This book offers engaging and digestible lessons for couples navigating the life change that a cancer diagnosis brings. Dan Shapiro draws on his more than twenty-five years of clinical work as a health psychologist who has researched and worked with couples facing cancer, and on his own experiences of being both the patient (having and beating Hodgkin’s lymphoma in his twenties) and the supporter/advocate (when his wife was diagnosed with breast cancer) to weave together insights on facing cancer while maintaining a strong relationship. And in Health gives advice in short lessons on the main areas of concern or conflict that can come from life with cancer—from diagnosis to treatment and life post-treatment.
Mom’s Marijuana: Life, Love, and Beating the Odds
Daniel Shapiro, Ph.D.
A young man battles Hodgkin’s disease and survives–with more than a little help from his Mom–in this wry and uplifting memoir about life, love, and beating the odds.
When Dan Shapiro’s decidedly anti-drug mom put aside her convictions and grew marijuana in her backyard garden (behind a discrete screen of sunflowers), he learned that in the face of a crisis we all have the opportunity to decide what is most important to us. In this hilarious, high-spirited, sometimes harrowing memoir, Shapiro invites us into his battle with cancer, his romance with an oncology nurse, his journey through graduate school, and his most important life lessons. He tells his story with wit and grace and indomitable spirit, showing us that only when the rhythm of life is stirred violently are able to discover its full beauty.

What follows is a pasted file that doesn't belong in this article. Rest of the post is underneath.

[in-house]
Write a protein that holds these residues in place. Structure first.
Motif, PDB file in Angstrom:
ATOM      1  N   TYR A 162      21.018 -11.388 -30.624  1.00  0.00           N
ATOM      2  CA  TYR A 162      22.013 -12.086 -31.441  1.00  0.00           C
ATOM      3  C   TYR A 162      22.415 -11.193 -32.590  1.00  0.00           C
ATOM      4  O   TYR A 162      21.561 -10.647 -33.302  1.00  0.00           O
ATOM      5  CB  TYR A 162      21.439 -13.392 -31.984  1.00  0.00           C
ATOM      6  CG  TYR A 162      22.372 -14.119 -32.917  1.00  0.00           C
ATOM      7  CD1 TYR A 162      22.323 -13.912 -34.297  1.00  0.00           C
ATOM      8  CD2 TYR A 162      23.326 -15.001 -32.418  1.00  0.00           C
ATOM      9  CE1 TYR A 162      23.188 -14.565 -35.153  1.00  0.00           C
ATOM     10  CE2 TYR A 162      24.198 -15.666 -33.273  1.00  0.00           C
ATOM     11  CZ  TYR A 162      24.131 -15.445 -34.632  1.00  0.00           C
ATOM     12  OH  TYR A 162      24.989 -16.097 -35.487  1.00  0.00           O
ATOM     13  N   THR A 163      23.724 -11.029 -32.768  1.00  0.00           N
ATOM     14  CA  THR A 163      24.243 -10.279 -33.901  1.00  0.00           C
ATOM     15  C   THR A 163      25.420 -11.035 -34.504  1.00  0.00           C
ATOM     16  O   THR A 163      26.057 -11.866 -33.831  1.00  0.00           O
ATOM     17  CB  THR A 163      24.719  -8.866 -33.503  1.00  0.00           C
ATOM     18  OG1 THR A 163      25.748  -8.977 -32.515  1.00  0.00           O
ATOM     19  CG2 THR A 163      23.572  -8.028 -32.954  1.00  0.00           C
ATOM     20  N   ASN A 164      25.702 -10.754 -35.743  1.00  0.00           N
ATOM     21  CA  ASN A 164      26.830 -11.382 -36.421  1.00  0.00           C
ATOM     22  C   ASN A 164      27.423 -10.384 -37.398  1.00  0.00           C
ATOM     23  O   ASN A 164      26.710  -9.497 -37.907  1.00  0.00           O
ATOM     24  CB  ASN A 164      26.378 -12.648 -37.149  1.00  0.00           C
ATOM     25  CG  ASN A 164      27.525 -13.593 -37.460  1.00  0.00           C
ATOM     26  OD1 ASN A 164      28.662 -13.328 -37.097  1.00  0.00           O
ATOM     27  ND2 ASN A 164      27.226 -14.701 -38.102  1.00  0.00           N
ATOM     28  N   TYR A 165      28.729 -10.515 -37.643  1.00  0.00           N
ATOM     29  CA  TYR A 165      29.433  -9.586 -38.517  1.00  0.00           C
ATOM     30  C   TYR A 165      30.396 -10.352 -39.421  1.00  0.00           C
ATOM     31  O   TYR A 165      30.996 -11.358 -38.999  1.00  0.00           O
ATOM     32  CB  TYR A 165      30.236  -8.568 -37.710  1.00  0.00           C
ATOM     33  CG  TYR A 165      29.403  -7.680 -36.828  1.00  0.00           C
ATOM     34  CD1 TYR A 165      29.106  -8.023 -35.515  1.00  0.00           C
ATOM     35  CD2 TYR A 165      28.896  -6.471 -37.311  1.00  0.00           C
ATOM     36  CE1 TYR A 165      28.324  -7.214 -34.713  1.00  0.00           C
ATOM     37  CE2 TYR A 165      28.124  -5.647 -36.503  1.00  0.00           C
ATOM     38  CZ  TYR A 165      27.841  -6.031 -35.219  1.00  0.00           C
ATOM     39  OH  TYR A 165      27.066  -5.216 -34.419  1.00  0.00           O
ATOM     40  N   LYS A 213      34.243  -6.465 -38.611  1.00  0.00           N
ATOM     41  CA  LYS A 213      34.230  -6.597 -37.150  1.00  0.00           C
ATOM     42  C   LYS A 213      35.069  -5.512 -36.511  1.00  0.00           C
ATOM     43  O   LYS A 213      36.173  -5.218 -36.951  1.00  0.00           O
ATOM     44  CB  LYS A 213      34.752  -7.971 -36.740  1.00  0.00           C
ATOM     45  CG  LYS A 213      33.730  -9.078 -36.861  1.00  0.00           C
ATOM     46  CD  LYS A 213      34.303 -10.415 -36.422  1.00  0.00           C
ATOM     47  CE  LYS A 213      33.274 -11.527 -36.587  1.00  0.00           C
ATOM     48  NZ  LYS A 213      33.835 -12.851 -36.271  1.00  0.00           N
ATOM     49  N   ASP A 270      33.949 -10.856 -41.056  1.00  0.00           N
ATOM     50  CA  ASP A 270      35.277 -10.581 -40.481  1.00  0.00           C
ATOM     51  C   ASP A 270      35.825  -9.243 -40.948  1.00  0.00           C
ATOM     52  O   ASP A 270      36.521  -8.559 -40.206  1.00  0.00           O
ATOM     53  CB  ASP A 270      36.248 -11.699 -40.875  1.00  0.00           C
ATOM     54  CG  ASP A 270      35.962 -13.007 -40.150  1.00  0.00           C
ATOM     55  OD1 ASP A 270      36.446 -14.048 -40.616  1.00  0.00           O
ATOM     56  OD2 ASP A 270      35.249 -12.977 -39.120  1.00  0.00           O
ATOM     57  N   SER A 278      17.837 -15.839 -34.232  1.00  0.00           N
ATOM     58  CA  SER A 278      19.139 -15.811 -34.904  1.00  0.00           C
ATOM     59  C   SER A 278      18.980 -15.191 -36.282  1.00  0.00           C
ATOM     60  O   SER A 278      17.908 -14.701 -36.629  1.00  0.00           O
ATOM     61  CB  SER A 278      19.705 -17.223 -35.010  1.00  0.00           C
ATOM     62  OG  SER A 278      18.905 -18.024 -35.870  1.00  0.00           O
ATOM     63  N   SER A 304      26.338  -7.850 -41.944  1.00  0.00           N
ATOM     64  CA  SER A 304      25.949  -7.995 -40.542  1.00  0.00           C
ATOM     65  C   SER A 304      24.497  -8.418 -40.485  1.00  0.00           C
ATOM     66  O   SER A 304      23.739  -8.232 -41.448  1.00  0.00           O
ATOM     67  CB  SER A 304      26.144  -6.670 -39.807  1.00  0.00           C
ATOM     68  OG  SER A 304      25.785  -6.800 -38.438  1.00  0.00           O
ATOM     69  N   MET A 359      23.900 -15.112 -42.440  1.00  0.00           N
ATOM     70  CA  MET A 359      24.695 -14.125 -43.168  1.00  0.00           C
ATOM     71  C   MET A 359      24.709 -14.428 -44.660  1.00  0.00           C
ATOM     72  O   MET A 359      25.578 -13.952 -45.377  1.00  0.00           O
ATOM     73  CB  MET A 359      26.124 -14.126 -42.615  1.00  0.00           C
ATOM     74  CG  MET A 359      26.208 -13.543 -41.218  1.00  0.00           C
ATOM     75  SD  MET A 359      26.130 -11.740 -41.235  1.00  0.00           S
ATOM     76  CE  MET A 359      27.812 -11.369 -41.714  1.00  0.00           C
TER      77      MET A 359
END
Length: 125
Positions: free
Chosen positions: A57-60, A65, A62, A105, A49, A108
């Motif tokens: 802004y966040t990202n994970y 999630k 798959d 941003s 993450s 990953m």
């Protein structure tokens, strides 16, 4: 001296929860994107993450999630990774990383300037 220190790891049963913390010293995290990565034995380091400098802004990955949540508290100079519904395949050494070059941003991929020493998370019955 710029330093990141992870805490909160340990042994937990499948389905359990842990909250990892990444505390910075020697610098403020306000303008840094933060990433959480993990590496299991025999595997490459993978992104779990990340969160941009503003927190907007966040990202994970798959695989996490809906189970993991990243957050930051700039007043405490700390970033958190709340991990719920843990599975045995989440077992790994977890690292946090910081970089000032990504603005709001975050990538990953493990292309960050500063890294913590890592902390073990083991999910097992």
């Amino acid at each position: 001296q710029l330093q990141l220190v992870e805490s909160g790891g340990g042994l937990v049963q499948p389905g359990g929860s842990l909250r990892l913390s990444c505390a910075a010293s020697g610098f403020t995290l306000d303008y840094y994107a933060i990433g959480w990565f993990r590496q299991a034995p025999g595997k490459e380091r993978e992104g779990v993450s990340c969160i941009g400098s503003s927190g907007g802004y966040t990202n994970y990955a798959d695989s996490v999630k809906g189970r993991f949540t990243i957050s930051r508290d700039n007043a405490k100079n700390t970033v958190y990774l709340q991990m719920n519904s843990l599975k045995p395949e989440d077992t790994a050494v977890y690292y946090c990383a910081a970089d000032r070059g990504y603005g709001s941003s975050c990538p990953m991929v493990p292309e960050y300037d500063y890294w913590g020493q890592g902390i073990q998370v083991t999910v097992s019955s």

“Voices are a soul’s signature,” says psychologist Dan Shapiro, who in his daily practice hears plenty of them. For all his expertise, he admits he’s still terrified that “someone will keep something from me, and when they tell me the truth, I’ll be useless.”
Treating other physicians has become one of Shapiro’s specialties. When the obstetrician Amelia Sorvino seeks his help—distraught that her own medical error could have injured a patient’s baby— Shapiro finds his talents as counselor and healer pushed to their limits. Session by session, he works to discover the sources of Amelia’s anguish–for his own sake as much as hers: he’s familiar with the burden of a doctor’s guilt, and he has seen how loss and trauma, if unchecked, can echo from generation to generation in a family. In this probing, intensely personal memoir, the words “Physician, heal thyself” assume a fresh and moving urgency.